Tying Up Loose Ends with the Powhatan, Lincoln, Seward and Welles

Saturday, April 6, 1861 A messenger from Captain Israel Vogdes, commander of the troops that were to reinforce Fort Pickens, arrived in Washington to see the President. This story will take some telling, so hold on. Back on March 12th, General Scott had ordered Fort Pickens to be reinforced. The USS Brooklyn was selected forRead More

The USS Powhatan Ordered to be in Two Places at Once

Friday, April 5, 1861 Secretary of the Navy Gideon Welles sent the orders to put Fox’s plan to resupply Sumter into action. Lincoln had read, approved and signed the orders giving Captain Samuel Mercer, commander of the USS Powhatan instructions to ready his ship and assume command over the Pocahontas, Pawnee and Harriet Lane forRead More

Virginia Totters on the Edge; Orders for Sumter

Thursday, April 4, 1861 Union sympathy in the deeper South was gone. The trip Lamon and Hurlbut made to Charleston proved that. But what about Virginia? The border state had been holding an on again, off again secession convention since early January. Lincoln, wishing to take the true pulse of nationalism in Virginia, sent George W.Read More

An All Fool’s Day Full of Secrets

Monday, April 1, 1861 – All Fool’s Day On this April holiday, secrecy would turn out to be a fool’s game. Lincoln had ordered Gustavus Fox to ready some ships in the Brooklyn Navy Yard to prepare to sail, but whether they would sail for Fort Sumter or Fort Pickens was not yet mentioned (thoughRead More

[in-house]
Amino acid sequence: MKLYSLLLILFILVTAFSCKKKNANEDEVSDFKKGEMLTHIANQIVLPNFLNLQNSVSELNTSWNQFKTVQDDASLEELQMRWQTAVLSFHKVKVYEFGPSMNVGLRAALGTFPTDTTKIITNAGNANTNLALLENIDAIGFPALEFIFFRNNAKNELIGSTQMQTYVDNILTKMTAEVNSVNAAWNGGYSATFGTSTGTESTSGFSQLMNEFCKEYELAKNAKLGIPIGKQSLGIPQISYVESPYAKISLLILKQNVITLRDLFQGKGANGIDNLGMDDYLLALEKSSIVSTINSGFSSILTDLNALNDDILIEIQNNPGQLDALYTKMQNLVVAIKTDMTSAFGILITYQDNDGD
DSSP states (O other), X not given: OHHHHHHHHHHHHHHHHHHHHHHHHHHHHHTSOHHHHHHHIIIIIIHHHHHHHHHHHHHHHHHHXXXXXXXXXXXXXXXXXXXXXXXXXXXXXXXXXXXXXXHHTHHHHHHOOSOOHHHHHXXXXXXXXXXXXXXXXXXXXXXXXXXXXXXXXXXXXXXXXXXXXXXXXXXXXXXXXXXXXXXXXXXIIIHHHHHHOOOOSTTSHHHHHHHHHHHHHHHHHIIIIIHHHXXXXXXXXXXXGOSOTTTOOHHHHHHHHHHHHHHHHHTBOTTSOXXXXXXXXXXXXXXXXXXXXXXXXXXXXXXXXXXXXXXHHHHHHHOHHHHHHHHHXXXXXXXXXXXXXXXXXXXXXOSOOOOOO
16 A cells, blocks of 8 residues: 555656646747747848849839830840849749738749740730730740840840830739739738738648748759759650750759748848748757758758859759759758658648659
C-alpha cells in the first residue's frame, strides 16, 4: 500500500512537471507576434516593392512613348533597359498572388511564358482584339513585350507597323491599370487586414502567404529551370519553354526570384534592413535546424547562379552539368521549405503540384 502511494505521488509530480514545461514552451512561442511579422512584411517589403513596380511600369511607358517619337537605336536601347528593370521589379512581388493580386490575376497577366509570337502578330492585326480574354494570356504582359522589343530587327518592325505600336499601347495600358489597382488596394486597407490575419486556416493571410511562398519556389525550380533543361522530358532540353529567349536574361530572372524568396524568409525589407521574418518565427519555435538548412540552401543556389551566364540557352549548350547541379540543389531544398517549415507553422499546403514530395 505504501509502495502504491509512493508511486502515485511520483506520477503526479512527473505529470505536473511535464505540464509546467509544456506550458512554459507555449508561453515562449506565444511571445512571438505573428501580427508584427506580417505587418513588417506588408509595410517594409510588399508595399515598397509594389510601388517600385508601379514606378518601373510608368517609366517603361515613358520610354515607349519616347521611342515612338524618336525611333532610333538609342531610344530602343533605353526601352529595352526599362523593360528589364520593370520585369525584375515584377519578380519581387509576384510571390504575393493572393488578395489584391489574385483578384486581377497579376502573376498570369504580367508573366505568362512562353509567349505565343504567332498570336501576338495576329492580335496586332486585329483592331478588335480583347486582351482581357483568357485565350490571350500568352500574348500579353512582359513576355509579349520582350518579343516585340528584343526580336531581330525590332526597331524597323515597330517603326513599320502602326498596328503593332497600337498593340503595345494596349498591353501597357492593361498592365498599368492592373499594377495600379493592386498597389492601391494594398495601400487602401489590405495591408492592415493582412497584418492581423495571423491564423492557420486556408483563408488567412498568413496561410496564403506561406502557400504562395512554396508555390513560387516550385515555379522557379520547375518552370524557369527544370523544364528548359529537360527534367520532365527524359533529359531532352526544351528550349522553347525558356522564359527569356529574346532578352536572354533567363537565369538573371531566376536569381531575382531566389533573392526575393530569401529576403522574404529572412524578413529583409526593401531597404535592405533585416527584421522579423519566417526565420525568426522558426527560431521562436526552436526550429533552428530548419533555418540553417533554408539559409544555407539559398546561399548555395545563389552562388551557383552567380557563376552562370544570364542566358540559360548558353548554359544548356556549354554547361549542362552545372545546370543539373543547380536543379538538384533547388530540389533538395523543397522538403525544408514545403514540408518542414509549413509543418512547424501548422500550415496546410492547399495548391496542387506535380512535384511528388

Lincoln Polls Cabinet; Orders to Ready the Ships

Friday, March 29, 1861 – Good Friday Lincoln got little to no sleep the previous night. At noon, the cabinet gathered again, minus Secretary of War Simon Cameron. It came down to two choices. Should they follow General Scott’s plan and surrender Fort Sumter and, if the General got his way, Fort Pickens? Or shouldRead More

The Decision to Surrender Fort Sumter

Friday, March 15, 1861 My dear Sir: Assuming it to be possible to now provision Fort Sumter, under the circumstances is it wise to attempt it ? Please give me your opinion in writing on this question. Your obedient servant, A. Lincoln. Lincoln asked this from each of the Cabinet members. Before they would reply,Read More

A Quiet Sunday and a Daring Plan

Sunday, March 10, 1861 It was a quiet Sunday in Washington DC. With Seward still sick and in bed, the Lincolns attended church services at the New York Avenue Presbyterian Church. They would become regulars. The pastor, Phineas Densmore Gurley was of the old school. He was anti-slavery as well as pro-Union. The Lincolns soonRead More